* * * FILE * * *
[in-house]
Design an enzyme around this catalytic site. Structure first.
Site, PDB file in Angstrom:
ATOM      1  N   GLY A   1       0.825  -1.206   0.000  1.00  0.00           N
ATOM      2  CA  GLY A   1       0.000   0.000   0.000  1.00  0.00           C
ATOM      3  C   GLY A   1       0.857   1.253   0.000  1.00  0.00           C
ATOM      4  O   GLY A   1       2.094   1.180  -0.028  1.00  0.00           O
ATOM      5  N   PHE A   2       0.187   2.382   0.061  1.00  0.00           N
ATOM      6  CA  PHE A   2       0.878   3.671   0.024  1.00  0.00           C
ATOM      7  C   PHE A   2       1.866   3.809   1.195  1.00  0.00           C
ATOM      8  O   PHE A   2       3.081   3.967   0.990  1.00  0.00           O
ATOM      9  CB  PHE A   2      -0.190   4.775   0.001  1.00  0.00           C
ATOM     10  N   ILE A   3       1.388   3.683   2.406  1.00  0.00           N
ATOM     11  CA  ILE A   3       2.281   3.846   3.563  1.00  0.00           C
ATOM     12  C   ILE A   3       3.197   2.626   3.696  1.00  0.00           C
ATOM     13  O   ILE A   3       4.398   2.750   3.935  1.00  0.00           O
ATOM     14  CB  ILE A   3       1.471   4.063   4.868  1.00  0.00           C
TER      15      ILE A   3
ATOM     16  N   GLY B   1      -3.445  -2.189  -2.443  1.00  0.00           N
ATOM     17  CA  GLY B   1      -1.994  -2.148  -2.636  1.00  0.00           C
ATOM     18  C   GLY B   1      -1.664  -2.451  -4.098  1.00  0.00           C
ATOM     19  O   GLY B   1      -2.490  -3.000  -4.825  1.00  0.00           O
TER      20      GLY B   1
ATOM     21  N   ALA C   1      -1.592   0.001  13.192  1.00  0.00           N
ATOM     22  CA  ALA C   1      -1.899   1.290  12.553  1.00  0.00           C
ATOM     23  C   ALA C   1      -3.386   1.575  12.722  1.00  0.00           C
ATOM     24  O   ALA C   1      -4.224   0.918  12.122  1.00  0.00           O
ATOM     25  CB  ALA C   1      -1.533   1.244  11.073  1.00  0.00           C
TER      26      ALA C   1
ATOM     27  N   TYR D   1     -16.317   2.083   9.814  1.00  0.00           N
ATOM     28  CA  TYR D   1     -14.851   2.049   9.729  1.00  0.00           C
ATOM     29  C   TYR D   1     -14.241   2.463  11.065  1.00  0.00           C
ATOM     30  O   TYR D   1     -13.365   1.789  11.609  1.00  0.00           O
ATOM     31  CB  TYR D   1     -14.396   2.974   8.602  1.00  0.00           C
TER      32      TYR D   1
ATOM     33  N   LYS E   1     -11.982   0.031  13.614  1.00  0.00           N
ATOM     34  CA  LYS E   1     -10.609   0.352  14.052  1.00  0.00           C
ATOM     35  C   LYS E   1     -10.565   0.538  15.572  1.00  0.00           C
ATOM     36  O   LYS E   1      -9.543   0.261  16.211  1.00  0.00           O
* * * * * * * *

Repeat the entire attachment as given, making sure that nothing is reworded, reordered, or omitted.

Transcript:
[in-house]
Design an enzyme around this catalytic site. Structure first.
Site, PDB file in Angstrom:
ATOM      1  N   GLY A   1       0.825  -1.206   0.000  1.00  0.00           N
ATOM      2  CA  GLY A   1       0.000   0.000   0.000  1.00  0.00           C
ATOM      3  C   GLY A   1       0.857   1.253   0.000  1.00  0.00           C
ATOM      4  O   GLY A   1       2.094   1.180  -0.028  1.00  0.00           O
ATOM      5  N   PHE A   2       0.187   2.382   0.061  1.00  0.00           N
ATOM      6  CA  PHE A   2       0.878   3.671   0.024  1.00  0.00           C
ATOM      7  C   PHE A   2       1.866   3.809   1.195  1.00  0.00           C
ATOM      8  O   PHE A   2       3.081   3.967   0.990  1.00  0.00           O
ATOM      9  CB  PHE A   2      -0.190   4.775   0.001  1.00  0.00           C
ATOM     10  N   ILE A   3       1.388   3.683   2.406  1.00  0.00           N
ATOM     11  CA  ILE A   3       2.281   3.846   3.563  1.00  0.00           C
ATOM     12  C   ILE A   3       3.197   2.626   3.696  1.00  0.00           C
ATOM     13  O   ILE A   3       4.398   2.750   3.935  1.00  0.00           O
ATOM     14  CB  ILE A   3       1.471   4.063   4.868  1.00  0.00           C
TER      15      ILE A   3
ATOM     16  N   GLY B   1      -3.445  -2.189  -2.443  1.00  0.00           N
ATOM     17  CA  GLY B   1      -1.994  -2.148  -2.636  1.00  0.00           C
ATOM     18  C   GLY B   1      -1.664  -2.451  -4.098  1.00  0.00           C
ATOM     19  O   GLY B   1      -2.490  -3.000  -4.825  1.00  0.00           O
TER      20      GLY B   1
ATOM     21  N   ALA C   1      -1.592   0.001  13.192  1.00  0.00           N
ATOM     22  CA  ALA C   1      -1.899   1.290  12.553  1.00  0.00           C
ATOM     23  C   ALA C   1      -3.386   1.575  12.722  1.00  0.00           C
ATOM     24  O   ALA C   1      -4.224   0.918  12.122  1.00  0.00           O
ATOM     25  CB  ALA C   1      -1.533   1.244  11.073  1.00  0.00           C
TER      26      ALA C   1
ATOM     27  N   TYR D   1     -16.317   2.083   9.814  1.00  0.00           N
ATOM     28  CA  TYR D   1     -14.851   2.049   9.729  1.00  0.00           C
ATOM     29  C   TYR D   1     -14.241   2.463  11.065  1.00  0.00           C
ATOM     30  O   TYR D   1     -13.365   1.789  11.609  1.00  0.00           O
ATOM     31  CB  TYR D   1     -14.396   2.974   8.602  1.00  0.00           C
TER      32      TYR D   1
ATOM     33  N   LYS E   1     -11.982   0.031  13.614  1.00  0.00           N
ATOM     34  CA  LYS E   1     -10.609   0.352  14.052  1.00  0.00           C
ATOM     35  C   LYS E   1     -10.565   0.538  15.572  1.00  0.00           C
ATOM     36  O   LYS E   1      -9.543   0.261  16.211  1.00  0.00           O